Weavers of War (Winds of the Forelands Series #5)by David B. Coe
In the four previous books of his epic fantasy series Winds of the Forelands, David Coe has woven a complex tapestry of magic and politics, courage and betrayal, love and hate. Now, he brings the many strands of this enthralling series together in a climactic novel that will thrill readers of epic magical fantasy. For years the magical Qirsi people who live among the Eandi courts of the Forelands have conspired, weakening alliances among the realms. The renegades are led by a mysterious Weaver named Dusaan with powers that allow him to appear in the dreams of his followers and to bind the magic of many Qirsi into a single weapon more potent than any the Eandi have faced in a thousand years. Now, his planning begins to bear fruit. He reveals himself to friend and foe alike, knowing that none can stand against him. Dusaan takes control of the Empire and begins his march toward war, enlisting those who serve him in other realms to join the battle, as the ranks of his army swell. King Kearney's armies are forced to battle Eandi invaders from Braedon. However, this battle is a diversion contrived by Dusaan to weaken the Eandi armies. Grinsa, another Weaver, fights for the king. Knowing that the renegades are the true enemy, he struggles to make his people recognize this before it's too late. At last, the two Weavers do battle, Dusaan leading his army of Qirsi sorcerers, Grinsa standing with an alliance of Eandi nobles and warriors. Whichever side wins will bear a heavy cost for victory.
"War and politics, love and magic, all drawn in detail against a vividly imagined feudal background. A complex and excellent book."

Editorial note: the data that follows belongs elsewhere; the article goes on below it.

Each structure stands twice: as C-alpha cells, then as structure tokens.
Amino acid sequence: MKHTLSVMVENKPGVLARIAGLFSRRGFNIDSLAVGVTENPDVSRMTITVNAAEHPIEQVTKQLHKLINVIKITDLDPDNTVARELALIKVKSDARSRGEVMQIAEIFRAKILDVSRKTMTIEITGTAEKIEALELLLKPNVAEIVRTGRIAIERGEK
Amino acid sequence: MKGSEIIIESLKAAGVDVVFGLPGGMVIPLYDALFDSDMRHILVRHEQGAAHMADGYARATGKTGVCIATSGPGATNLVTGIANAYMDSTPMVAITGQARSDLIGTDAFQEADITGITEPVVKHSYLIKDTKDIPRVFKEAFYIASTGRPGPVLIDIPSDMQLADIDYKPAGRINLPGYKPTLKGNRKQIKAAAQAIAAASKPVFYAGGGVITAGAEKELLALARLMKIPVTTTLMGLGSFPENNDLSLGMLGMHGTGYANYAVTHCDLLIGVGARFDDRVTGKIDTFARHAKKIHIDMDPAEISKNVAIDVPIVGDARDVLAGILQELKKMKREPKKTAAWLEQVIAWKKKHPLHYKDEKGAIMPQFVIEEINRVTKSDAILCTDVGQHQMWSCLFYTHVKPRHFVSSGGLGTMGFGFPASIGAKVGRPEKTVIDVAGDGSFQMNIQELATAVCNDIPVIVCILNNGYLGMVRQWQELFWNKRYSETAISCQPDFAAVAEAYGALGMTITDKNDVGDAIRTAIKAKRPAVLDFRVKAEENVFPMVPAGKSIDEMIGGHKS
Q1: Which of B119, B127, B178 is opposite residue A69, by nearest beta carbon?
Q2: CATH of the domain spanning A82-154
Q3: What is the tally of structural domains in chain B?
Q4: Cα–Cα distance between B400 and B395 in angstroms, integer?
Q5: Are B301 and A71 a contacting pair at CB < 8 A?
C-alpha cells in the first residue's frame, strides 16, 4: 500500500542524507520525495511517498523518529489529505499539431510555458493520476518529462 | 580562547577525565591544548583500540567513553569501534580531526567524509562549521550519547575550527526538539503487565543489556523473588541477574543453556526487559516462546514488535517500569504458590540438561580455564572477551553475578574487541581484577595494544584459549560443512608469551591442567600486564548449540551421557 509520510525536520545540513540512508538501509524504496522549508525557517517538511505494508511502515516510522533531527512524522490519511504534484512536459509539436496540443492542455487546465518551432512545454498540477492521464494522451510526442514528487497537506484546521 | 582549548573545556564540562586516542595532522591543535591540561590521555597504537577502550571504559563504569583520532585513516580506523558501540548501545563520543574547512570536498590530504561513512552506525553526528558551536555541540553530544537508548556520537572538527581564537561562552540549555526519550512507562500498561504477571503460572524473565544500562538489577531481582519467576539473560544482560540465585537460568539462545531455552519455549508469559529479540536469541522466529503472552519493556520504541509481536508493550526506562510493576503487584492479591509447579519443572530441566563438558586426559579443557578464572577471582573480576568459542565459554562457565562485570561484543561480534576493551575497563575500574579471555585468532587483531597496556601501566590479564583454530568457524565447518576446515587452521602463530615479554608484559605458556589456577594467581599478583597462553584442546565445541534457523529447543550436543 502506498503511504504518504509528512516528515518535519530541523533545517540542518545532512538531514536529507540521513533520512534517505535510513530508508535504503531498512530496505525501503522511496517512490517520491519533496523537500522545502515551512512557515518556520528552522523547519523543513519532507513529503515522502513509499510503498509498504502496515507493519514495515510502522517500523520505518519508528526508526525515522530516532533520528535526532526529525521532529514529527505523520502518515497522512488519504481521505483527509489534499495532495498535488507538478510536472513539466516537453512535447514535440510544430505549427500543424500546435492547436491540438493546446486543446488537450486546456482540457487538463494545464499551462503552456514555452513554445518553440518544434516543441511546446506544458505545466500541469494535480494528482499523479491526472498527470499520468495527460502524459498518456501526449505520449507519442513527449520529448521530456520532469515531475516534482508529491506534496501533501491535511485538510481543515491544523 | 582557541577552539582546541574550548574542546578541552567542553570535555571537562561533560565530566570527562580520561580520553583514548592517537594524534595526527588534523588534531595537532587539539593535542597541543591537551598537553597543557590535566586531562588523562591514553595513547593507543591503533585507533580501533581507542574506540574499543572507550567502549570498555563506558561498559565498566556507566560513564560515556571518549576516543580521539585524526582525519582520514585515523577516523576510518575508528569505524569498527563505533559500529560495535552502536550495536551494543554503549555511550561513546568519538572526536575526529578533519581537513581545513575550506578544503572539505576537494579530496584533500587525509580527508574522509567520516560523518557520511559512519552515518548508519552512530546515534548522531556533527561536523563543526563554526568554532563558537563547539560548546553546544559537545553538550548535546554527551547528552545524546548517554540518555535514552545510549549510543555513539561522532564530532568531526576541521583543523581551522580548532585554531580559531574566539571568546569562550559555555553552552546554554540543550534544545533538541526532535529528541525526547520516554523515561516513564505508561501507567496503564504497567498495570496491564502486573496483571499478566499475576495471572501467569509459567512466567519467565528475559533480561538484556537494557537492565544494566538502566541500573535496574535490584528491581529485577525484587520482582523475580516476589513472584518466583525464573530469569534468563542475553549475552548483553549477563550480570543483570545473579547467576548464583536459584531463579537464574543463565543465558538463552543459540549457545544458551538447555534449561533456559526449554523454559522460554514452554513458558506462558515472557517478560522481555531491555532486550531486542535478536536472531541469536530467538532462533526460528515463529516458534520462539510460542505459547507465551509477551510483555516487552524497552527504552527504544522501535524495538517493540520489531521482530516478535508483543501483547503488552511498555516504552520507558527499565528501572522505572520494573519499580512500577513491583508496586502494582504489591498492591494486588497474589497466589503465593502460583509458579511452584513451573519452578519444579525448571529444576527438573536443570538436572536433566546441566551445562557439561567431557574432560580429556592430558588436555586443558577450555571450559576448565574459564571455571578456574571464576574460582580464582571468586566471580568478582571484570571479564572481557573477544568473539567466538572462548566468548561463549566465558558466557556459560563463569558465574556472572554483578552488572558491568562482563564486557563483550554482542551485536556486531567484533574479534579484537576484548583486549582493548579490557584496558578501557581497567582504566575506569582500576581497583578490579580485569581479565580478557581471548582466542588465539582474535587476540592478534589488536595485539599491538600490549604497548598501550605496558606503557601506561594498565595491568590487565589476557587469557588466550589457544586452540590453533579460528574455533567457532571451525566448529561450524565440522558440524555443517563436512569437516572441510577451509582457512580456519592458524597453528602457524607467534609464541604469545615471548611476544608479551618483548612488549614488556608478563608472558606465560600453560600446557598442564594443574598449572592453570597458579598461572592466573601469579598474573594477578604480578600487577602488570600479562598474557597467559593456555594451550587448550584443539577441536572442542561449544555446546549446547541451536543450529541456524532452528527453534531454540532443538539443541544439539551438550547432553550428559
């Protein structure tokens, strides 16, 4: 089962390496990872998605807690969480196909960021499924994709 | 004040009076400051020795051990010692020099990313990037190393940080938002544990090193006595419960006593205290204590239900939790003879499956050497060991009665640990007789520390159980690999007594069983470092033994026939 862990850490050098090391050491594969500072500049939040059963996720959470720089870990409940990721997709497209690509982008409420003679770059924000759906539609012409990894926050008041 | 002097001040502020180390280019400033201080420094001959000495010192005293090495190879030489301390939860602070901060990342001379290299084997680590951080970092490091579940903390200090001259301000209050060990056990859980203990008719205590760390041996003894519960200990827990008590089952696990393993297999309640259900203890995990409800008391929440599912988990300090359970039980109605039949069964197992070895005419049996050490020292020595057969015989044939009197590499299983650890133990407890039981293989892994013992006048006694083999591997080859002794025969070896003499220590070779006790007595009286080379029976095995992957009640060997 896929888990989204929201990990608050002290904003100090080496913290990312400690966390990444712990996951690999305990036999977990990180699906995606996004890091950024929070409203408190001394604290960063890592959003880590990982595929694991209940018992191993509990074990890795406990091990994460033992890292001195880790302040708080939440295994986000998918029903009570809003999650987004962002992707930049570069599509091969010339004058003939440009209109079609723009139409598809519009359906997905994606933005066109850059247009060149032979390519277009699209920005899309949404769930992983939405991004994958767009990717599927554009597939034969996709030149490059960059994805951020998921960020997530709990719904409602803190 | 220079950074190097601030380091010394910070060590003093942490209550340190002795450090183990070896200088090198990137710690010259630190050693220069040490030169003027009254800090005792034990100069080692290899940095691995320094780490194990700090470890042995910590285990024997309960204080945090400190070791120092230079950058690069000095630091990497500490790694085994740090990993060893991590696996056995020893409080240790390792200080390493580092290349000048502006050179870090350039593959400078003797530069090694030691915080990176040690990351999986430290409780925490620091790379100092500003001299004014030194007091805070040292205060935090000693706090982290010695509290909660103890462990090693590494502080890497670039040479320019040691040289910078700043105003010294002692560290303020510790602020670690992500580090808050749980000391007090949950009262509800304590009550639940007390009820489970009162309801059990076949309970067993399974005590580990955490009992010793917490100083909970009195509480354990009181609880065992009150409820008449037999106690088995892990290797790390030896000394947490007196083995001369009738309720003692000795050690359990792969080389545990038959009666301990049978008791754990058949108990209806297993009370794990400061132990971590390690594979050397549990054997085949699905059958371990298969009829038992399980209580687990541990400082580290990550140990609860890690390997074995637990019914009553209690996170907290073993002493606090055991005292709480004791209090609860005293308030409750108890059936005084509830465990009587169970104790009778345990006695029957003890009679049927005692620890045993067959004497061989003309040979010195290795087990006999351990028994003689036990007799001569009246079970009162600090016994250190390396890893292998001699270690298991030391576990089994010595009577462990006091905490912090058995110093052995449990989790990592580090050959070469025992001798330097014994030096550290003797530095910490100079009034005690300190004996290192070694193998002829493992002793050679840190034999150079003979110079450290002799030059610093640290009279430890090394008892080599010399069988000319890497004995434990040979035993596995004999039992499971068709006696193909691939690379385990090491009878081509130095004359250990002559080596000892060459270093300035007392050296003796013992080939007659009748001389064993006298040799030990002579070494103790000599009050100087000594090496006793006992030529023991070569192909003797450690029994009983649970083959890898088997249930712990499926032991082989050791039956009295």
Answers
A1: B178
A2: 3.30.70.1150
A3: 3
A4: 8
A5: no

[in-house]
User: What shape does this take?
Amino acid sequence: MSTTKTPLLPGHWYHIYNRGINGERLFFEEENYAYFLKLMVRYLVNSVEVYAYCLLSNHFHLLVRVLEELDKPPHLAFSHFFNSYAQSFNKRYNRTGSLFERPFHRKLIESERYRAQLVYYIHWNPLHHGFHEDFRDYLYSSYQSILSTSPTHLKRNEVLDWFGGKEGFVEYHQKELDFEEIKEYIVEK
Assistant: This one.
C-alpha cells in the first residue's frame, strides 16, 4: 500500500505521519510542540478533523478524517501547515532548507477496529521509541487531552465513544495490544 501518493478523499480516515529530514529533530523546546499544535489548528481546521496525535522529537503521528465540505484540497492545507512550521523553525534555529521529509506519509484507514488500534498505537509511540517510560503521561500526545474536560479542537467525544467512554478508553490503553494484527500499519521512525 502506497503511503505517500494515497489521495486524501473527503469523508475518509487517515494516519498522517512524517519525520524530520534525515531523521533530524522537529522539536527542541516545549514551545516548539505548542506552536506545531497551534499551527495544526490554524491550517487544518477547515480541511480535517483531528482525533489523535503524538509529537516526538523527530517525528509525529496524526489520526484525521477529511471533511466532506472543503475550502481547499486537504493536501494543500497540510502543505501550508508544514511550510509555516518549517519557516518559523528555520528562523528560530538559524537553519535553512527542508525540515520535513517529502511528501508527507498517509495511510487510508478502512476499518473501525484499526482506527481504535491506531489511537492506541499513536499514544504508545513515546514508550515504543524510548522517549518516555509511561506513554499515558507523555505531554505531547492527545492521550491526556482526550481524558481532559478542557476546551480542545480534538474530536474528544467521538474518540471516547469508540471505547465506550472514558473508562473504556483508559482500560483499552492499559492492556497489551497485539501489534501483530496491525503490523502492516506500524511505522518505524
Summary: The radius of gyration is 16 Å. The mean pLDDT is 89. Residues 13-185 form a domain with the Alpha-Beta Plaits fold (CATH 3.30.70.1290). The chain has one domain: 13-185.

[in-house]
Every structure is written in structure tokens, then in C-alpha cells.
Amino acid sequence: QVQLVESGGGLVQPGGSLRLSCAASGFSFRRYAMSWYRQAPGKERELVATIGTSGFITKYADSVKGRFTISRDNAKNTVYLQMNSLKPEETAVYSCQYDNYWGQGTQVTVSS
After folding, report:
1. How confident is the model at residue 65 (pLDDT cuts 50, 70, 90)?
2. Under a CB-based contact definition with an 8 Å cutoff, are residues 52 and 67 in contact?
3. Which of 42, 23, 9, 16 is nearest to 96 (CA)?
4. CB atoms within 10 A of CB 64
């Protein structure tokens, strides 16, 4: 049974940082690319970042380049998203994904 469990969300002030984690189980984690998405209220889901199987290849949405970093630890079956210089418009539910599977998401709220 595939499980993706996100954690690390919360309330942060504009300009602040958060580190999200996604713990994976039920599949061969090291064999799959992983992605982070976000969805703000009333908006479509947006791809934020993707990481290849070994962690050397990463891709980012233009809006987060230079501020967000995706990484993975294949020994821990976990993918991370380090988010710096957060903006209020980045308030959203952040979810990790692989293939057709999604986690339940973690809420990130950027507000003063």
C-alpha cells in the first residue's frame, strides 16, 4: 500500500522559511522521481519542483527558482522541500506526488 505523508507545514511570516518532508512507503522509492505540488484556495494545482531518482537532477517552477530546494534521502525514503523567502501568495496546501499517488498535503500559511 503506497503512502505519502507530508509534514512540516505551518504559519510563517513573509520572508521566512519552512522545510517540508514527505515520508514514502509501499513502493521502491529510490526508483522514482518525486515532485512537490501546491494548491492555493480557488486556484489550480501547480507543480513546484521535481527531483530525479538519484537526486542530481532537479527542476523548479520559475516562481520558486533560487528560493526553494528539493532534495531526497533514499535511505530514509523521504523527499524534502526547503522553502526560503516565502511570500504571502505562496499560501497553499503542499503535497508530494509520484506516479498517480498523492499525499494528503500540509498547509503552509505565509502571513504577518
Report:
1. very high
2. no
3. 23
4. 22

David Drake, author of Lord of the Isles, on Rules of Ascension
"Turmoil and deception propel Coe's second entry in his Winds of the Forelands tetralogy, maintaining the momentum of its predecessor. The author deftly manages a multistrand plot full of political intrigue that never flags despite the wealth of engrossing detail. A large cast of characters both old and new enliven the sword and sorcery. Readers who go for good clean fantasy fun will eagerly await the next installment."
Publishers Weekly on Seeds of Betrayal
"Coe writes a wonderfully complex and engrossing tale, but what truly made this book for me was the richness and depth of the beautifully crafted characters. A good plot makes for a great read, but interweave that plot with rich, complex characters and you have a splendid book - and this is a splendid book. There is absolutely nothing superficial about Coe's writing - it is strong, complex, and emotionally very, very powerful."
Sara Douglass, author of The Wayfarer Redemption, on Bonds of Vengeance
"One of the things that delights me most when reading fantasy is being shown new worldsvivid, fascinating new places to explore, and find new adventures. In Rules of Ascension, David Coe gives us a world to remember, a world one can't help but want to know more about. I eagerly await other tales of the Forelands!"
Ed Greenwood, author of The Band of Four saga
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Weavers of War
Book Five of Winds of the Forelands
By David B. Coe, James Frenkel
Tom Doherty AssociatesCopyright © 2007 David B. Coe
All rights reserved.
City of Kings, Eibithar, Adriel's Moon waxing
The touch of his mind on hers was as gentle as the Weaver's had been brutal, as tender and loving as the Weaver's had been vengeful and cruel. She sensed in that touch his passion, his longing to be with her, his hope that he could shield her from the pain that seemed to have enveloped all the land. And she wanted nothing more than to hold him in her arms — really to hold him, beyond this haven he had created so that he might speak with her as she slept — to show him that she yearned for him, too.